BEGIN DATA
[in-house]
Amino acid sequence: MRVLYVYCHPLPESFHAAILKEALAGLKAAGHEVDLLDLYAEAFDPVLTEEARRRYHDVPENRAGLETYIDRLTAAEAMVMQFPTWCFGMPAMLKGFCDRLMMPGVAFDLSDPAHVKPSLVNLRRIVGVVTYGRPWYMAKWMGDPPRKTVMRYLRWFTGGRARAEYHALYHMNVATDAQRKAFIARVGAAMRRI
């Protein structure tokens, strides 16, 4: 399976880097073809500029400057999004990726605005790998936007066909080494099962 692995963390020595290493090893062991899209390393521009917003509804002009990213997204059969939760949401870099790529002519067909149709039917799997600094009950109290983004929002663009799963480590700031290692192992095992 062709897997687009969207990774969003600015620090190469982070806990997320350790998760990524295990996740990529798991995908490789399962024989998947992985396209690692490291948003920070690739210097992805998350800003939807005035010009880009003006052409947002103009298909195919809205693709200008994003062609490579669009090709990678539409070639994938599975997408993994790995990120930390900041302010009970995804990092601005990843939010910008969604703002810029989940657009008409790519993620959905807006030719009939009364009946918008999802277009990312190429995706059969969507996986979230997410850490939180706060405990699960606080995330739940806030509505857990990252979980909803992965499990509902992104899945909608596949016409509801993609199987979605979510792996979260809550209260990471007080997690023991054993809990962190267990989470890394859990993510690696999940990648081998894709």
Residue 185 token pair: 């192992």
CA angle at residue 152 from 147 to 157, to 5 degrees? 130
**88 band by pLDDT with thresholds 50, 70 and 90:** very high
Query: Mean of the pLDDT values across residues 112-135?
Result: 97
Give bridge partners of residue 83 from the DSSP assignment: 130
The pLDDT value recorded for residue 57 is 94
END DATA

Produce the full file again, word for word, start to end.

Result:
[in-house]
Amino acid sequence: MRVLYVYCHPLPESFHAAILKEALAGLKAAGHEVDLLDLYAEAFDPVLTEEARRRYHDVPENRAGLETYIDRLTAAEAMVMQFPTWCFGMPAMLKGFCDRLMMPGVAFDLSDPAHVKPSLVNLRRIVGVVTYGRPWYMAKWMGDPPRKTVMRYLRWFTGGRARAEYHALYHMNVATDAQRKAFIARVGAAMRRI
């Protein structure tokens, strides 16, 4: 399976880097073809500029400057999004990726605005790998936007066909080494099962 692995963390020595290493090893062991899209390393521009917003509804002009990213997204059969939760949401870099790529002519067909149709039917799997600094009950109290983004929002663009799963480590700031290692192992095992 062709897997687009969207990774969003600015620090190469982070806990997320350790998760990524295990996740990529798991995908490789399962024989998947992985396209690692490291948003920070690739210097992805998350800003939807005035010009880009003006052409947002103009298909195919809205693709200008994003062609490579669009090709990678539409070639994938599975997408993994790995990120930390900041302010009970995804990092601005990843939010910008969604703002810029989940657009008409790519993620959905807006030719009939009364009946918008999802277009990312190429995706059969969507996986979230997410850490939180706060405990699960606080995330739940806030509505857990990252979980909803992965499990509902992104899945909608596949016409509801993609199987979605979510792996979260809550209260990471007080997690023991054993809990962190267990989470890394859990993510690696999940990648081998894709």
Residue 185 token pair: 């192992």
CA angle at residue 152 from 147 to 157, to 5 degrees? 130
**88 band by pLDDT with thresholds 50, 70 and 90:** very high
Query: Mean of the pLDDT values across residues 112-135?
Result: 97
Give bridge partners of residue 83 from the DSSP assignment: 130
The pLDDT value recorded for residue 57 is 94